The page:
Avecho tempts fate with £10,000 hacking challenge

Come and have a go - if you think you're hard enough. A small antivirus firm is offering £10,000 to anyone who can break its product
Written by Dan Ilett, Contributor
Fancy winning £10,000? An antivirus firm is lining itself up for a potential smack in the chops by inviting Internet users to break its product.

Avecho has thrown down the gauntlet by offering £10,000 to anyone who can sneak a virus past its GlassWall product, and has even opened the challenge to its developers.

"Lots of people have already tried to do this," said Mark Elliott, vice-president of international marketing for Avecho. "I think this is something we are able to do. The only condition is that people must be willing for us to publicise their failure as well as their success."

In order to take part, contestants need to sign up for an Avecho email account and then send a virus to that address, or try and receive one from it. If the virus gets through, the contestant will win £10,000, said Elliott.

But the challenge awaits a third-party adjudicator. Elliott said he would like to see a media firm judging the contest, but no one had come forward to judge the competition. Currently the firm is the only party able to see the virus traffic travelling through its network.

"We are struggling to find a third-party arbiter," said Elliott. "We would like to get a media company, but as yet we don't have one."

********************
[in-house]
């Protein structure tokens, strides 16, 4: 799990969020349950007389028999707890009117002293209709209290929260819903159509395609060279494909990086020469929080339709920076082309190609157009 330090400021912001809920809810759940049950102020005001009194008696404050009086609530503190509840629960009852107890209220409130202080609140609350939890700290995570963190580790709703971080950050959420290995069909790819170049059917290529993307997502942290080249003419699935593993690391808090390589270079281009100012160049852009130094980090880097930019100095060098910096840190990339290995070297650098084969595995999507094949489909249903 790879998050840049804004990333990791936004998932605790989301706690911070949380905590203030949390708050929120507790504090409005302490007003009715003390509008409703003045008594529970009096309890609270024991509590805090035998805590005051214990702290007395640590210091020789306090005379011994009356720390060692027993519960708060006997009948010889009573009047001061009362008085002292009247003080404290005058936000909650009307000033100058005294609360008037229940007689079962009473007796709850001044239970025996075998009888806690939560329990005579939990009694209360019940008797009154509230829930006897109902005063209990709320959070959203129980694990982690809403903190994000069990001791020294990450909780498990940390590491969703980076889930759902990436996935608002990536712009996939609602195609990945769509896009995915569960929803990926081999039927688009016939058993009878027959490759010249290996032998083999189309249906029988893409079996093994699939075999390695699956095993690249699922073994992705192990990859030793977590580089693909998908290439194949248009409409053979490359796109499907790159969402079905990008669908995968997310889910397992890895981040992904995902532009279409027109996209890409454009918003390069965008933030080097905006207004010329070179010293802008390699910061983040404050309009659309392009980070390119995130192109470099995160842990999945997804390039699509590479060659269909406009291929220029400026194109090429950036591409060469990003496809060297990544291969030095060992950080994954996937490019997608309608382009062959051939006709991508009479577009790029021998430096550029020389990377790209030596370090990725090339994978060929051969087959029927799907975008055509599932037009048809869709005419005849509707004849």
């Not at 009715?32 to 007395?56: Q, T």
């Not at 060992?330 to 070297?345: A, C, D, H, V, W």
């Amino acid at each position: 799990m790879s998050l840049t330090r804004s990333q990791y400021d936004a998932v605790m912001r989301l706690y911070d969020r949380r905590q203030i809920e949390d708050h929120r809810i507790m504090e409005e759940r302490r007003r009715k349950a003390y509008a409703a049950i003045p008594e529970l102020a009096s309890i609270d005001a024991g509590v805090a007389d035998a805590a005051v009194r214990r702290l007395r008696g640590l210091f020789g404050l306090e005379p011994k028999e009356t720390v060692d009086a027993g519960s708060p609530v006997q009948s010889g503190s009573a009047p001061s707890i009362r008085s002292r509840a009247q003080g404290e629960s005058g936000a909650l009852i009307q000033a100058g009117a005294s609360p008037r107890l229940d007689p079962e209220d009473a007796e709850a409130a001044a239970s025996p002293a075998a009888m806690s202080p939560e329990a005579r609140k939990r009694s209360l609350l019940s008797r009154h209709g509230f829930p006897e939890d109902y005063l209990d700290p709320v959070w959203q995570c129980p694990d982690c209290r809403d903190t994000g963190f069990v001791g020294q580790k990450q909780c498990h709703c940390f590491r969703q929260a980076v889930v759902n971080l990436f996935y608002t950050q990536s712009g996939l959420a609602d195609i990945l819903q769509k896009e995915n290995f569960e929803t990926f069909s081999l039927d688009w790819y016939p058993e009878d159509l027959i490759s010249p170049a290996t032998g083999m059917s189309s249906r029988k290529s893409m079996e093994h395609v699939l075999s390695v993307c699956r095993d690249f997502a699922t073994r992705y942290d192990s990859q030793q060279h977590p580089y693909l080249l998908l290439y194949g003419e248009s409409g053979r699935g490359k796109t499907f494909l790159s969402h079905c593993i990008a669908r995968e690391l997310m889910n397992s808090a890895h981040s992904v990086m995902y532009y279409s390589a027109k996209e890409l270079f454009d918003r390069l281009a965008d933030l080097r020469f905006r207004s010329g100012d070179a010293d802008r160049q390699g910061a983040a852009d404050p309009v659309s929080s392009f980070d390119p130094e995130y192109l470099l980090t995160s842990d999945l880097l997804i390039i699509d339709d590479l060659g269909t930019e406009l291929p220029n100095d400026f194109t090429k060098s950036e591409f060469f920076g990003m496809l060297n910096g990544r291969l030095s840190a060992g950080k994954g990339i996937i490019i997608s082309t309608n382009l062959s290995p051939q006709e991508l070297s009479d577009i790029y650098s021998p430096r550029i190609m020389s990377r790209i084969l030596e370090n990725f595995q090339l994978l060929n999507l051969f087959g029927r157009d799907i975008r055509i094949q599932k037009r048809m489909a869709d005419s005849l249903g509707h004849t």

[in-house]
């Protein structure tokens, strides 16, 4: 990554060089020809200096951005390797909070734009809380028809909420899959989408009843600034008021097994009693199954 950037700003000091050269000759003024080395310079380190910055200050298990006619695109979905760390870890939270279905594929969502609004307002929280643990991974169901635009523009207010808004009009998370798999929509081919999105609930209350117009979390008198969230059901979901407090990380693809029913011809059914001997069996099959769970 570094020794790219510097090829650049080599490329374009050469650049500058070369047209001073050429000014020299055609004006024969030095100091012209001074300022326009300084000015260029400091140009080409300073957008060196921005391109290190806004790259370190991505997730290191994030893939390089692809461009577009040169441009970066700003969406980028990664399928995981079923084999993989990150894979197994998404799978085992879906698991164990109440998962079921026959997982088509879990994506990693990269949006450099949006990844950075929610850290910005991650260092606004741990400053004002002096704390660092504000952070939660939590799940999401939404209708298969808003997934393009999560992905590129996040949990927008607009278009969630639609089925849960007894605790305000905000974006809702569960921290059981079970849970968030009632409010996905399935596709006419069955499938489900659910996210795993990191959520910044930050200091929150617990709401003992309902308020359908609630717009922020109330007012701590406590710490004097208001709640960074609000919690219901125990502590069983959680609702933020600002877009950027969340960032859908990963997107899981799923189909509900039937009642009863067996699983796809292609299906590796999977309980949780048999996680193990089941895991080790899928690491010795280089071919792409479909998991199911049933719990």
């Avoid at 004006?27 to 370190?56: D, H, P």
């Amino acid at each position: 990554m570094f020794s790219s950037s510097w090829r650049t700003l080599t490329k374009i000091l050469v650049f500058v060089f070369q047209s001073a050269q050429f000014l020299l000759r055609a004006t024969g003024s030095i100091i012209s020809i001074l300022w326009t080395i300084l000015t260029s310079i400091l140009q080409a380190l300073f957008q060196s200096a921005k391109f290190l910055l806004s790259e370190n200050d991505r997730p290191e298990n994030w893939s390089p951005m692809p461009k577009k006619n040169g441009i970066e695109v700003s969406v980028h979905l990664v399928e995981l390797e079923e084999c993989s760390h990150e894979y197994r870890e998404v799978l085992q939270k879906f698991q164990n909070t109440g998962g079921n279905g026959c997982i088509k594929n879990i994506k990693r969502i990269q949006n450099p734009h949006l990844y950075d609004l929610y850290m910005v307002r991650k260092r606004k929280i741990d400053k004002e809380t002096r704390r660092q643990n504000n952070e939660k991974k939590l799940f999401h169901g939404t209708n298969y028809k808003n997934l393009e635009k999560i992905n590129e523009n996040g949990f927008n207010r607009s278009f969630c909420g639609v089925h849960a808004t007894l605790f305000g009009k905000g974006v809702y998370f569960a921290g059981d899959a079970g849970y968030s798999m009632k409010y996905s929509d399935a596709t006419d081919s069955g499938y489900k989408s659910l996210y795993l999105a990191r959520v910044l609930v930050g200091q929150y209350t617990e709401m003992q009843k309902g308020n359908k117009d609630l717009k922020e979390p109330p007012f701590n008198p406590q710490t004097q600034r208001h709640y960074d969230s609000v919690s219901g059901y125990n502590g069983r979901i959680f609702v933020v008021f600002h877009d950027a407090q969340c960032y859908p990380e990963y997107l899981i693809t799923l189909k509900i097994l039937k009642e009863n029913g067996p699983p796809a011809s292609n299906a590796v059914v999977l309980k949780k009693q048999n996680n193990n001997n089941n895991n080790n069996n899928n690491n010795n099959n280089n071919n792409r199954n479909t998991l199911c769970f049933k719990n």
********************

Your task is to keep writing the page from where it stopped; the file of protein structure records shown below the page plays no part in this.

Avecho's GlassWall product has been shrouded in mystery for some time – the firm still refuses to declare how the product works; only saying that it was 'a software-based, siliconizable malware protection solution'. In past interviews, Avecho's executives have said that it is keeping the mechanics secret because it was unable to patent its products.

Elliott was also evasive about the firm's background. He declined to talk to ZDNet UK about the firm's financial backers, but said that there were 'some changes in progress at the top level.'

In the past, many firms have crashed and burned with hacker challenges - in 2001, Argus Systems failed to pay a Polish ethical hacking group called 'The Last Stage of Delerium' prize money worth £35,000 for cracking its Pit Bull server. Korean Digital Works also suffered embarrassment in 2002, when suspicion arose over the running of its hacking competition. The firm had offered $100,000 to anyone who could break its Web server, but instead hackers decided to break the registration server to control who entered the contest.

Anyone wishing to enter Avecho's contest should email challenge@avecho.com.

Contestants are welcome to email ZDNet UK with feedback on the competition at dan.ilett@zdnet.co.uk or TalkBack below.

Editorial standards